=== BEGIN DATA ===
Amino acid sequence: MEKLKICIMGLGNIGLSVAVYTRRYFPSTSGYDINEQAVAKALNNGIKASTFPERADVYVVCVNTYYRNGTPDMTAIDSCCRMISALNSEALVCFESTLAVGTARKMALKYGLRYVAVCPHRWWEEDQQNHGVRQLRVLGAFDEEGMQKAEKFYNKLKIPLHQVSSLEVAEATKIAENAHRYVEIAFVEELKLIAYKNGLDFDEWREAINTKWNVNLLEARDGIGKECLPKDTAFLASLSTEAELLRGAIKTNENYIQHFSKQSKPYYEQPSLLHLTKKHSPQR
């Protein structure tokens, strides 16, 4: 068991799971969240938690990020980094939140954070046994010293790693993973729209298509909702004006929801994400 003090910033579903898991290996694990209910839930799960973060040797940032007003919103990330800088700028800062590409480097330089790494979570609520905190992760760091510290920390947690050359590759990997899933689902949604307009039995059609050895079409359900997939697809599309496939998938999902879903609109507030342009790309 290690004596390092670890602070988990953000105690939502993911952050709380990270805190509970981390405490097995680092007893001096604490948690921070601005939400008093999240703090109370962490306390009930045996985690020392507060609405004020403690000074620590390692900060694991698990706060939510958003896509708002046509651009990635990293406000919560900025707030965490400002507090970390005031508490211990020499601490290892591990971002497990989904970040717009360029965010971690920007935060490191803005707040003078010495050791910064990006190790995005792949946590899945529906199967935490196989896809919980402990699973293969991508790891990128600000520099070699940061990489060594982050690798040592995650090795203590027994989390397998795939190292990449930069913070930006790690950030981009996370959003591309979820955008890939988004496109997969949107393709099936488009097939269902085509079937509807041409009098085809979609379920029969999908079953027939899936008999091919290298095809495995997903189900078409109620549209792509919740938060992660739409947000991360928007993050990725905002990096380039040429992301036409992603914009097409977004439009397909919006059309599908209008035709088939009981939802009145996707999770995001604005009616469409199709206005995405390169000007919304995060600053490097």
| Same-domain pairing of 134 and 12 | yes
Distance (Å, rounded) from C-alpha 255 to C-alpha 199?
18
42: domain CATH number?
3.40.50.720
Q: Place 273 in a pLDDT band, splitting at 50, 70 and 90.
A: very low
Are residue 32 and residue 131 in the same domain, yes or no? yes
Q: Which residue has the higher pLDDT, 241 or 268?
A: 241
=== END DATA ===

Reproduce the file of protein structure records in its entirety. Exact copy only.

Amino acid sequence: MEKLKICIMGLGNIGLSVAVYTRRYFPSTSGYDINEQAVAKALNNGIKASTFPERADVYVVCVNTYYRNGTPDMTAIDSCCRMISALNSEALVCFESTLAVGTARKMALKYGLRYVAVCPHRWWEEDQQNHGVRQLRVLGAFDEEGMQKAEKFYNKLKIPLHQVSSLEVAEATKIAENAHRYVEIAFVEELKLIAYKNGLDFDEWREAINTKWNVNLLEARDGIGKECLPKDTAFLASLSTEAELLRGAIKTNENYIQHFSKQSKPYYEQPSLLHLTKKHSPQR
């Protein structure tokens, strides 16, 4: 068991799971969240938690990020980094939140954070046994010293790693993973729209298509909702004006929801994400 003090910033579903898991290996694990209910839930799960973060040797940032007003919103990330800088700028800062590409480097330089790494979570609520905190992760760091510290920390947690050359590759990997899933689902949604307009039995059609050895079409359900997939697809599309496939998938999902879903609109507030342009790309 290690004596390092670890602070988990953000105690939502993911952050709380990270805190509970981390405490097995680092007893001096604490948690921070601005939400008093999240703090109370962490306390009930045996985690020392507060609405004020403690000074620590390692900060694991698990706060939510958003896509708002046509651009990635990293406000919560900025707030965490400002507090970390005031508490211990020499601490290892591990971002497990989904970040717009360029965010971690920007935060490191803005707040003078010495050791910064990006190790995005792949946590899945529906199967935490196989896809919980402990699973293969991508790891990128600000520099070699940061990489060594982050690798040592995650090795203590027994989390397998795939190292990449930069913070930006790690950030981009996370959003591309979820955008890939988004496109997969949107393709099936488009097939269902085509079937509807041409009098085809979609379920029969999908079953027939899936008999091919290298095809495995997903189900078409109620549209792509919740938060992660739409947000991360928007993050990725905002990096380039040429992301036409992603914009097409977004439009397909919006059309599908209008035709088939009981939802009145996707999770995001604005009616469409199709206005995405390169000007919304995060600053490097």
| Same-domain pairing of 134 and 12 | yes
Distance (Å, rounded) from C-alpha 255 to C-alpha 199?
18
42: domain CATH number?
3.40.50.720
Q: Place 273 in a pLDDT band, splitting at 50, 70 and 90.
A: very low
Are residue 32 and residue 131 in the same domain, yes or no? yes
Q: Which residue has the higher pLDDT, 241 or 268?
A: 241